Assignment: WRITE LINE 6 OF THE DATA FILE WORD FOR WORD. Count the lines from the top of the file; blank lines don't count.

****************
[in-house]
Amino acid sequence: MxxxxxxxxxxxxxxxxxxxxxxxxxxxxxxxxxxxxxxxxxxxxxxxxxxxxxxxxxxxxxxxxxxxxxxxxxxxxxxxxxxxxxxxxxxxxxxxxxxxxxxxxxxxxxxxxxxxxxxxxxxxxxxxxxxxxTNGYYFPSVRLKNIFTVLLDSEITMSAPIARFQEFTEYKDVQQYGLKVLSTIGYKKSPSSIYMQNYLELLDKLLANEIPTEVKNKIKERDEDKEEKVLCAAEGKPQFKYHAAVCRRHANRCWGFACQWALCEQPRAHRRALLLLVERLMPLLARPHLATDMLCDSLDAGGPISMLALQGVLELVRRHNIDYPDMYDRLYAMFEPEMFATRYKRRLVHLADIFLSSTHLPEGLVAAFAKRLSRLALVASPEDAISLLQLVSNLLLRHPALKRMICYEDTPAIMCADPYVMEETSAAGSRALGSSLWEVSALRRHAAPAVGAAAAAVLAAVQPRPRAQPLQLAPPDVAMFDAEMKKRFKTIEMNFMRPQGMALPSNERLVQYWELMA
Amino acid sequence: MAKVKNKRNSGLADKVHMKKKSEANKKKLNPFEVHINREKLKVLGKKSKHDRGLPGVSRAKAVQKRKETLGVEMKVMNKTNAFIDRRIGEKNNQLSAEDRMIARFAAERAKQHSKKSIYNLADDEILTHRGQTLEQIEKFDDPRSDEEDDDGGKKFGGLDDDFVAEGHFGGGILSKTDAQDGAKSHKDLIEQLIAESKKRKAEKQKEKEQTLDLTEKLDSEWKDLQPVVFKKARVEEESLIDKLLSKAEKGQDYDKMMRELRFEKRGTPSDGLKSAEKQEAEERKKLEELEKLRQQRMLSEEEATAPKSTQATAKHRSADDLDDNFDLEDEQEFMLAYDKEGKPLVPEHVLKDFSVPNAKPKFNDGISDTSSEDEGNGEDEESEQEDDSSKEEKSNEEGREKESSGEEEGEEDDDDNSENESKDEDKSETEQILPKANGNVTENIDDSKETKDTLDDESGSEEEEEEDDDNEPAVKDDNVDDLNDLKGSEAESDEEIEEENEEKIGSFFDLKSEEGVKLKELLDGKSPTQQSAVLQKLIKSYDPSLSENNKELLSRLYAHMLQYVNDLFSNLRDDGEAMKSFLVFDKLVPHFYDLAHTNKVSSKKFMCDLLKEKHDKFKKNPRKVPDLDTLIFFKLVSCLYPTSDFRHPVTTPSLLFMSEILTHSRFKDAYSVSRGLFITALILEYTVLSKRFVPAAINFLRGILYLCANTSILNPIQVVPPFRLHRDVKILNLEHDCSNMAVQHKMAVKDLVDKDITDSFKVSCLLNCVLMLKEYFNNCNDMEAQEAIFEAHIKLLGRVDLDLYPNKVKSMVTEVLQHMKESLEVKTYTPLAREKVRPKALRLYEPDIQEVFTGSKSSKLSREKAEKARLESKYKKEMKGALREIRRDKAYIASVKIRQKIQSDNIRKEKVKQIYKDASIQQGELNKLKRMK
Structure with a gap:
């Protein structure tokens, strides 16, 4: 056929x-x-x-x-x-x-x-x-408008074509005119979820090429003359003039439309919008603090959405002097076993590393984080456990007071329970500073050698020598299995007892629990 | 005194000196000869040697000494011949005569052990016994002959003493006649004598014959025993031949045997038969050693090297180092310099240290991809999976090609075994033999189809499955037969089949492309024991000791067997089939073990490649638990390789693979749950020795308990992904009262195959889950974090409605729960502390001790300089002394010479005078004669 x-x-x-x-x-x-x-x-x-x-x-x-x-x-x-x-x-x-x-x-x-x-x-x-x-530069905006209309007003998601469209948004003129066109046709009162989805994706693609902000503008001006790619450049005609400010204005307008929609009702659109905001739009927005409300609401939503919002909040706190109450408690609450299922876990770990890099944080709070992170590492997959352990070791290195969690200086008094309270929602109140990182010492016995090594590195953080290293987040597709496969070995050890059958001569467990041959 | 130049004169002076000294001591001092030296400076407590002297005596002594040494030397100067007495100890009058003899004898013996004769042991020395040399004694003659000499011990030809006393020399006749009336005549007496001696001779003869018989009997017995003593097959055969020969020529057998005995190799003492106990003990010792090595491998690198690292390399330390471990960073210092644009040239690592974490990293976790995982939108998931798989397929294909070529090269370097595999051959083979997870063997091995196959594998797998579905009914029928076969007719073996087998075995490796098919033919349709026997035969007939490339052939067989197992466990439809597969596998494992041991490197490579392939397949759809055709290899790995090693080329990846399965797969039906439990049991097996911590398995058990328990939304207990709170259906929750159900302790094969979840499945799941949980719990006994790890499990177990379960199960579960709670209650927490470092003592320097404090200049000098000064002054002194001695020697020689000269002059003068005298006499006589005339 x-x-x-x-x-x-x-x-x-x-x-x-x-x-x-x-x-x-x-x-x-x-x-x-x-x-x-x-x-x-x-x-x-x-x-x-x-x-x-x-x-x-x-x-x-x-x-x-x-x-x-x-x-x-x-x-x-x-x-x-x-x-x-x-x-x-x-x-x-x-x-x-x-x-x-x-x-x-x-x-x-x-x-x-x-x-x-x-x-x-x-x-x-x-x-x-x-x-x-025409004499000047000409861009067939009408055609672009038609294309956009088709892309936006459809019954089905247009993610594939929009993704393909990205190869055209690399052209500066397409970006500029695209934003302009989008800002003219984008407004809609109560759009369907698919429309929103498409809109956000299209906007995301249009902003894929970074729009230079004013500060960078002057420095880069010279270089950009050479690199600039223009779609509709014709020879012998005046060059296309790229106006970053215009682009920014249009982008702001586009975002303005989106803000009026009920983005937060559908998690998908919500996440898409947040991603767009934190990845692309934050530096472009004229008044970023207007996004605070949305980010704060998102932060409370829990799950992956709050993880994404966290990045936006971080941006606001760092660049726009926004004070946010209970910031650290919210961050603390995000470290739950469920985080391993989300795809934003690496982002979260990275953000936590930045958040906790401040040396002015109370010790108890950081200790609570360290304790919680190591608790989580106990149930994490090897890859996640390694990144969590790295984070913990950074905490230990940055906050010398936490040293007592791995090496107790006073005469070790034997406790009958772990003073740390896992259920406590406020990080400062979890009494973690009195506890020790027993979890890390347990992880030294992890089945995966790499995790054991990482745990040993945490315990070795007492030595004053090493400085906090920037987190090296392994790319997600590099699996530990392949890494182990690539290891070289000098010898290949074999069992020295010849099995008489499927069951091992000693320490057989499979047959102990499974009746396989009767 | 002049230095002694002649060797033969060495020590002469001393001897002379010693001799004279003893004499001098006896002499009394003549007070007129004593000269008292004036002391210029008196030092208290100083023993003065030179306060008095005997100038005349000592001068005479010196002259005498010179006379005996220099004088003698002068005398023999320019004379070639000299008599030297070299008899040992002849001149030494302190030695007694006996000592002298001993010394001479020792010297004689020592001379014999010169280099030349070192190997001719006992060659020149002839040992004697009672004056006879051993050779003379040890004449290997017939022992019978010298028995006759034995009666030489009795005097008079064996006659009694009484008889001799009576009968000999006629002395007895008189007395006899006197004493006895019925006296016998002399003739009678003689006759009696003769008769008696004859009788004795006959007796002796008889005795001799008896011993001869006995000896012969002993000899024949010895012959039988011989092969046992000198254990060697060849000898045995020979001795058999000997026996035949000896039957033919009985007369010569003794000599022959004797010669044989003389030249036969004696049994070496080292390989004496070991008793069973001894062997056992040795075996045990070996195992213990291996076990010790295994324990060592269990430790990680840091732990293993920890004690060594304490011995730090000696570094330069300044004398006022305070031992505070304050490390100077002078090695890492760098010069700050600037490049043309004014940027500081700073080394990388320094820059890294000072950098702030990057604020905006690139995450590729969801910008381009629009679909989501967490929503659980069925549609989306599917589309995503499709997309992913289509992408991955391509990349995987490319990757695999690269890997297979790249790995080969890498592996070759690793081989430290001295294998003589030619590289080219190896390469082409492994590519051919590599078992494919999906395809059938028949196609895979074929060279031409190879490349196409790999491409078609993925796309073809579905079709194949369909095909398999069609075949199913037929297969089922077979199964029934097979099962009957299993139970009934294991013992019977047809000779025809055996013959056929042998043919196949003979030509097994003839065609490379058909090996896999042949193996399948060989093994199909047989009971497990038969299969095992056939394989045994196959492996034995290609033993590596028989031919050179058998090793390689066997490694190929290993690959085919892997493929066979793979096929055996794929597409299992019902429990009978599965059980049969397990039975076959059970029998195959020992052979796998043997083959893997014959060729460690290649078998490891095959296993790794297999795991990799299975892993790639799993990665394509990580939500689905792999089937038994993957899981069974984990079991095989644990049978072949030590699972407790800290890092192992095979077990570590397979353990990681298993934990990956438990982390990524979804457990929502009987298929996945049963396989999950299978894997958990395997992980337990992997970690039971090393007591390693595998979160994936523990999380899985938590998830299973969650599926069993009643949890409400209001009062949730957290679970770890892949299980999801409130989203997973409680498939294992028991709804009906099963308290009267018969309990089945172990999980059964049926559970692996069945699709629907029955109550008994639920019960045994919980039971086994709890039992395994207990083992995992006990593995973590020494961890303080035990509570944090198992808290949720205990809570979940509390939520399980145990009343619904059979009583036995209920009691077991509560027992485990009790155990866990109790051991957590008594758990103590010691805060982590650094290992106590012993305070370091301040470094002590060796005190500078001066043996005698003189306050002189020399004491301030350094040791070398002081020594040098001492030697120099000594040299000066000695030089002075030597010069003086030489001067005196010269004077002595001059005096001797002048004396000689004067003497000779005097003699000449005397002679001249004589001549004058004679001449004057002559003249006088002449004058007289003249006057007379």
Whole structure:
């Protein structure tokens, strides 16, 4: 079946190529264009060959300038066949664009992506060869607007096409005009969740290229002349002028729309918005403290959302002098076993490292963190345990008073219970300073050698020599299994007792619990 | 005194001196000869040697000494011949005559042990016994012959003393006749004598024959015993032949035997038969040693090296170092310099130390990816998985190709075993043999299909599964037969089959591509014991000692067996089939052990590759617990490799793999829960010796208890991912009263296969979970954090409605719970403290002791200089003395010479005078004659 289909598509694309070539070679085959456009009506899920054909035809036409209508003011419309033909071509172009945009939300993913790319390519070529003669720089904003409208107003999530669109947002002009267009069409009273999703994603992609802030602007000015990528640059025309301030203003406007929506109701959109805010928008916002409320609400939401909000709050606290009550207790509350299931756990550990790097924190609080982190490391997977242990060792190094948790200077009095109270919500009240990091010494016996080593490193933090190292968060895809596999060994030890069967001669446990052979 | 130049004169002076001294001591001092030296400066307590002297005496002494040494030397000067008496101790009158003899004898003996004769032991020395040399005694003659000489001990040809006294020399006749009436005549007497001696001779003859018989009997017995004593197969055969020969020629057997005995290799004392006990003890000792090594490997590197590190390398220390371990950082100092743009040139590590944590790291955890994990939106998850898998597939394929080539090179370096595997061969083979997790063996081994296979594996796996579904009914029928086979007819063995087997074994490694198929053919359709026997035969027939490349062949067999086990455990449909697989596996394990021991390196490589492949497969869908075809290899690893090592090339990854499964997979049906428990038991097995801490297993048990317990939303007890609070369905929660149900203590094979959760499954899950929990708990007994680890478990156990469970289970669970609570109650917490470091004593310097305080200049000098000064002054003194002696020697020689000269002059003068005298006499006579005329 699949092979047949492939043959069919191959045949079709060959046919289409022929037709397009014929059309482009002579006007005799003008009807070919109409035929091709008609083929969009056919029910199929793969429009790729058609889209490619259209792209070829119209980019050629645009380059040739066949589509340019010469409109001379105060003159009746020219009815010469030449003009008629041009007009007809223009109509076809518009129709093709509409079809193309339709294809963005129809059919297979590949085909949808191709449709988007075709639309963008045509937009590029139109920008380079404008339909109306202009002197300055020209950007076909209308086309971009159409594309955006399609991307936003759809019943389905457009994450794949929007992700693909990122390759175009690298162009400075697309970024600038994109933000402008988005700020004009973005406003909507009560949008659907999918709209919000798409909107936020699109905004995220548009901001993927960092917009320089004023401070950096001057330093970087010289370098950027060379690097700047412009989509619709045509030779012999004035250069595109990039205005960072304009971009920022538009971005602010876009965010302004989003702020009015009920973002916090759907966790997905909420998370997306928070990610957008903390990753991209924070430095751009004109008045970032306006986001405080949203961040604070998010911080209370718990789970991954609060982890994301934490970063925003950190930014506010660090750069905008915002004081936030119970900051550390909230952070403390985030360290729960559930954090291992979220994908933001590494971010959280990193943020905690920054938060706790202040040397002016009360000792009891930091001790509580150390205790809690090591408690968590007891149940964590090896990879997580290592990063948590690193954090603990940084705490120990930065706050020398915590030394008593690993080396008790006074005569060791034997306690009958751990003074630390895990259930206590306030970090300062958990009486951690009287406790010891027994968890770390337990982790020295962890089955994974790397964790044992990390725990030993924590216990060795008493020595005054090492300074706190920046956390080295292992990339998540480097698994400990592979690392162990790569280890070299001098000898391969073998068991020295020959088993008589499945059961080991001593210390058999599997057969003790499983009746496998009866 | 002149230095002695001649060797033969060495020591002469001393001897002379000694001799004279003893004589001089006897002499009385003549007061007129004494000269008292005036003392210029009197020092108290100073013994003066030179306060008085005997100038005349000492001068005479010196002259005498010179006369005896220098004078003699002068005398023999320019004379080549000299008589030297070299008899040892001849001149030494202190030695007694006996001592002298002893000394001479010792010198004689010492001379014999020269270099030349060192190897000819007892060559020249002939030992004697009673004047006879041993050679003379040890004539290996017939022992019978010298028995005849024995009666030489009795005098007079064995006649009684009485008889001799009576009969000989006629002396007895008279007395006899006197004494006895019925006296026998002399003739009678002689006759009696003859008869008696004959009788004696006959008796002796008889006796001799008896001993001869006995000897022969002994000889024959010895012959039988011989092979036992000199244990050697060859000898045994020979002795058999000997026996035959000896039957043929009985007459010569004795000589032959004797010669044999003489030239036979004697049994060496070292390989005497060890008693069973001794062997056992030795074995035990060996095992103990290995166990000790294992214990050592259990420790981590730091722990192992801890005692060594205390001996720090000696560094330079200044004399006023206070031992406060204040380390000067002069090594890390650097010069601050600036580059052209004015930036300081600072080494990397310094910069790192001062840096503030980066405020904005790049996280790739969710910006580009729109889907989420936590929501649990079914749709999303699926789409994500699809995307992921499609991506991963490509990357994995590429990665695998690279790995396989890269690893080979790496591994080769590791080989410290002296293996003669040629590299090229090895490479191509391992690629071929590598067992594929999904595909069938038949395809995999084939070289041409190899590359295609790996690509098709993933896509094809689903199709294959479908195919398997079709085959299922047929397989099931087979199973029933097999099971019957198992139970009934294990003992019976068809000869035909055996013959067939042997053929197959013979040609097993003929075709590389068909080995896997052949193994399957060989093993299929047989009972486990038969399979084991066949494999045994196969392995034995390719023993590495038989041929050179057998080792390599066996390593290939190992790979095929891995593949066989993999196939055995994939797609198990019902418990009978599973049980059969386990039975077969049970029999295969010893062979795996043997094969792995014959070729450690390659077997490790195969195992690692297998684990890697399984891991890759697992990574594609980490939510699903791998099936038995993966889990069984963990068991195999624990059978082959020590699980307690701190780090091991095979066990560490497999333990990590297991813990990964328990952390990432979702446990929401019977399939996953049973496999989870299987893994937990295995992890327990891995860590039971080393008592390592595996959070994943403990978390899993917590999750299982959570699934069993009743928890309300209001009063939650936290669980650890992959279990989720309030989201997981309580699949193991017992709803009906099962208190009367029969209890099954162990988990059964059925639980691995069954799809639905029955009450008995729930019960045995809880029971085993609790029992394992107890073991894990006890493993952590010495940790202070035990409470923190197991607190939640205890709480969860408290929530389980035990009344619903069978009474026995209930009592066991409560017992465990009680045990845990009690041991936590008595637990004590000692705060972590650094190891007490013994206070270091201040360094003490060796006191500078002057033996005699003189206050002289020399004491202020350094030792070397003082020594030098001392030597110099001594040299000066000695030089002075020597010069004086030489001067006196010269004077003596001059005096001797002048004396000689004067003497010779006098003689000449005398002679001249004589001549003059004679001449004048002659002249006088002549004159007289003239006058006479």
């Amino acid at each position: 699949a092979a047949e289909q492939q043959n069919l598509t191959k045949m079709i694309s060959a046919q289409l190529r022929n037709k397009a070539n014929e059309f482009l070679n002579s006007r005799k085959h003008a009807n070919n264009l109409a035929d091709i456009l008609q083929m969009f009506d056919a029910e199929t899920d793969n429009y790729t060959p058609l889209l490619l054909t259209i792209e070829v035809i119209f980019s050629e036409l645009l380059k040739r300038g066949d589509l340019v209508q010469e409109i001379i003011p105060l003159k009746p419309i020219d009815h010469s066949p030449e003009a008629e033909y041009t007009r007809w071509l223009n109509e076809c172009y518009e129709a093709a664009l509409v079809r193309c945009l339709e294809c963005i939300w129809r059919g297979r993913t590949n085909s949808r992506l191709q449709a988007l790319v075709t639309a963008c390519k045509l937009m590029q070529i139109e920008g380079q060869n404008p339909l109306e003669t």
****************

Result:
Whole structure: